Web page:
Photo Journey of the Many Farms of Marin County, CA

 

Seasonal Cooking with Rita Calvert~The Local Cook

From Marin Agricultural Land Trust

“Across America, 1.3 acres of farm and ranch land are paved over every minute.  But in Marin County just above San Francisco, something different is happening. MALT has permanently protected nearly half of the farmland in the county. 

San Raphael Farmers Market portrays the abundance of Marin County farms

Marin Agricultural Land Trust was created in 1980 by a coalition of ranchers and environmentalists to permanently preserve Marin County farmland. For more than 30 years, Marin Agricultural Land Trust (MALT) has worked with local families to save their farms and ranches. Marin’s farms provide delicious milk and cheese, meat, vegetables, fruit and wine to people in the Bay Area and beyond.

Lush olives from the groves and the resulting olive oil.

With the public parks that surround them, farms preserve a contiguous open landscape that is home to abundant wildlife, verdant grasslands, sparkling streams and dense woods. These working landscapes have been faithfully husbanded for many generations alongside nature and create an extraordinary place unlike anywhere else in the world.”

The many waterways of Marin County are winter migration spots for even the rare white pelican in this photo.

 

Grapes are the green in the valley. Three days of winter rain will turn these hills a verdant carpet.

 I discovered MALT while perusing the web for more information on sustainable dairies across the US. Admittedly, I am a fool for goats and especially like to follow the dairy process from the birth of a female kid to generations later when her milk has morphed (with care and attention of the cheesemaker) into a glorious artisanal aged cheese.

  The Farmstead Dairy “Farmstead” meaning the farm owns the land, the buildings and the animals. A farmstead cheese is made from milk produced on a specific farm. Farmstead cheese are often made in creameries located on the farm, but always at least quite nearby, since fresh milk is perishable. This is not an easy endeavor financially or physically so being sustainable is a grand effort. My interest was to see the formula for these dairies or ranches that are “making it”. After many phonecalls and confusing maps, Donna Pacheco of Achadinha Cheese Company (farmstead goat dairy) readily agreed to give me a tour if I could just coordinate my visit with her very hectic schedule.  Just call her in advance and she’ll be happy to give you or your group a tour. Make sure you have a good map or GPS and get the directions very clear!

Achadinha Cheese Company’s cheese cave or aging room

 Farmstead cheeses are thus made in relatively small batches and many steps are usually done by hand (such as turning the cheese, wiping the rinds, cutting, and packaging). Because farmstead cheeses are made in a specific place, they tend to develop unique flavor profiles based on the feed the animals receive, the climate in which they’re made, and the natural microbes in the air where they are aged. You know that great French word, “Terrior”.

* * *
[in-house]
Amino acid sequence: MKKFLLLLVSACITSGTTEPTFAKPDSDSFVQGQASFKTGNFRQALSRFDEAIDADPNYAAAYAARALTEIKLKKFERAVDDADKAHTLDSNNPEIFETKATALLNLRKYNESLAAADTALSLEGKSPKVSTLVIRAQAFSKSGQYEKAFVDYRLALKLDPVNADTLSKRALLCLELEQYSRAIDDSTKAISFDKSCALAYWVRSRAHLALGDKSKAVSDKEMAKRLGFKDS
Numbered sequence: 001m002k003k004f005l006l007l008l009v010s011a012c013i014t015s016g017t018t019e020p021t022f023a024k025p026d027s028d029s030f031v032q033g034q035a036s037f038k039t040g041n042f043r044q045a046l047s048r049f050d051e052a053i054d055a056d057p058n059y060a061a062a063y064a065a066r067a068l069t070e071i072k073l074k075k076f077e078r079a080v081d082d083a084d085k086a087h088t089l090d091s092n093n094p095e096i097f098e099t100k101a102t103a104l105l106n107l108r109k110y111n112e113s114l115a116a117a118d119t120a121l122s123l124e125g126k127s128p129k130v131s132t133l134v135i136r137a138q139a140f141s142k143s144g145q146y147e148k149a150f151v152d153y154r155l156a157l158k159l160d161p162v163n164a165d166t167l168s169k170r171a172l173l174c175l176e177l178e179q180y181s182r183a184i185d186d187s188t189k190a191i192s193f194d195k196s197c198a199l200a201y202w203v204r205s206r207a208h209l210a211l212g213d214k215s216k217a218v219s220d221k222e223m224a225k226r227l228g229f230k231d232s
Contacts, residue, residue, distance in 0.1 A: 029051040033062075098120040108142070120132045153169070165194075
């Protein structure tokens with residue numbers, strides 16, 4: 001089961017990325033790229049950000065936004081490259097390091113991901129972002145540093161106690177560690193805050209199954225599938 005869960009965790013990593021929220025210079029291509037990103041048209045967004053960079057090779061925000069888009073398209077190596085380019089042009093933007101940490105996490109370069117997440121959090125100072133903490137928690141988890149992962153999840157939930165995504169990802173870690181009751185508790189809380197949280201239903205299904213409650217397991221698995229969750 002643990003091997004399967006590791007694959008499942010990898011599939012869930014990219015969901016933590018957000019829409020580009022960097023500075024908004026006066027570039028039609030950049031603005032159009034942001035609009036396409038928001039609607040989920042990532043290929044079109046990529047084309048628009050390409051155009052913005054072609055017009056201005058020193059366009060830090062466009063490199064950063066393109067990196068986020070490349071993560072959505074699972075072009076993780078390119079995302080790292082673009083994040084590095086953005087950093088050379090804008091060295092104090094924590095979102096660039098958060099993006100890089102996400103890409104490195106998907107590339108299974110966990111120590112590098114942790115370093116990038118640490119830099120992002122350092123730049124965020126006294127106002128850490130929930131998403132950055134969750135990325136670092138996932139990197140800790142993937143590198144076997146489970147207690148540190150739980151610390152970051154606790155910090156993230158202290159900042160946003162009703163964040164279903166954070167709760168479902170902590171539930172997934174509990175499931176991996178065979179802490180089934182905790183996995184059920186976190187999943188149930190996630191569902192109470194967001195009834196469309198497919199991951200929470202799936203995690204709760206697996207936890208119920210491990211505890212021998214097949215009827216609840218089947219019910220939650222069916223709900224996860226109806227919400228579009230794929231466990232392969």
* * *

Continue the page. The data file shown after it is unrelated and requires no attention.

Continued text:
Donna Pacheco of Achadinha gives a tour of her goats, the dairy and samples of her handcrafted goat cheese.

 By definition, some “artisan” or “artisanal” cheeses are also farmstead cheeses, although some artisanal cheeses are made by cheesemakers who buy milk from a few farms. Some larger creameries will make farmstead cheeses (cheeses made with milk from specific farms) and other artisanal cheeses made with milk from several farms, using the same care and techniques for both.

These sweet Sanaan goats were personable which is always the case when the goats are loved and treated well.

I had been so excited to follow the Cheese Trail mapped out on a charming brochure by the MALT group and had great hopes of many farms opening their doors to me while driving on a picturesque route through the mountains of western Marin. Well, reality set in once again that small farmers and ranchers are some of the hardest working folks on the planet and cannot be there with open arms to anyone who drives by-no matter what the MALT brochure says!  If you decide to make a similar trip, coordinate your plans well in advance and know that any tours must be carefully scripted with that particular location. The cheese retail shops are usually open (except Cowgirl Creamery, Point Reyes) on a Monday.

All 600 of Achadinha goats have an open path to graze outside but prefer hanging out in the cooler barn.

 

The holding tank for the fresh goat milk.

The entire Pacheco family is involved in the farm and dairy process. Donna handcrafts all cheeses Achadinha sells while her son actually cuts the curds from the whey by hand, which is an arduous process.

 

 

 

 

The moulds for various cheese and the tank in the background.

 

 

 

 

 

The moral of the story is that the farming world, and most definitely the sustainable small farmer, has a tough go of it even to just protect their farmland from the big developers and government regulations which favor the large commodity “factory farm”. These dedicated farmers do it for their connection to the land and the integrity of producing a pure product made with love. When you meet your small scale sustainable farmer, thank them for the beautiful food grown locally.

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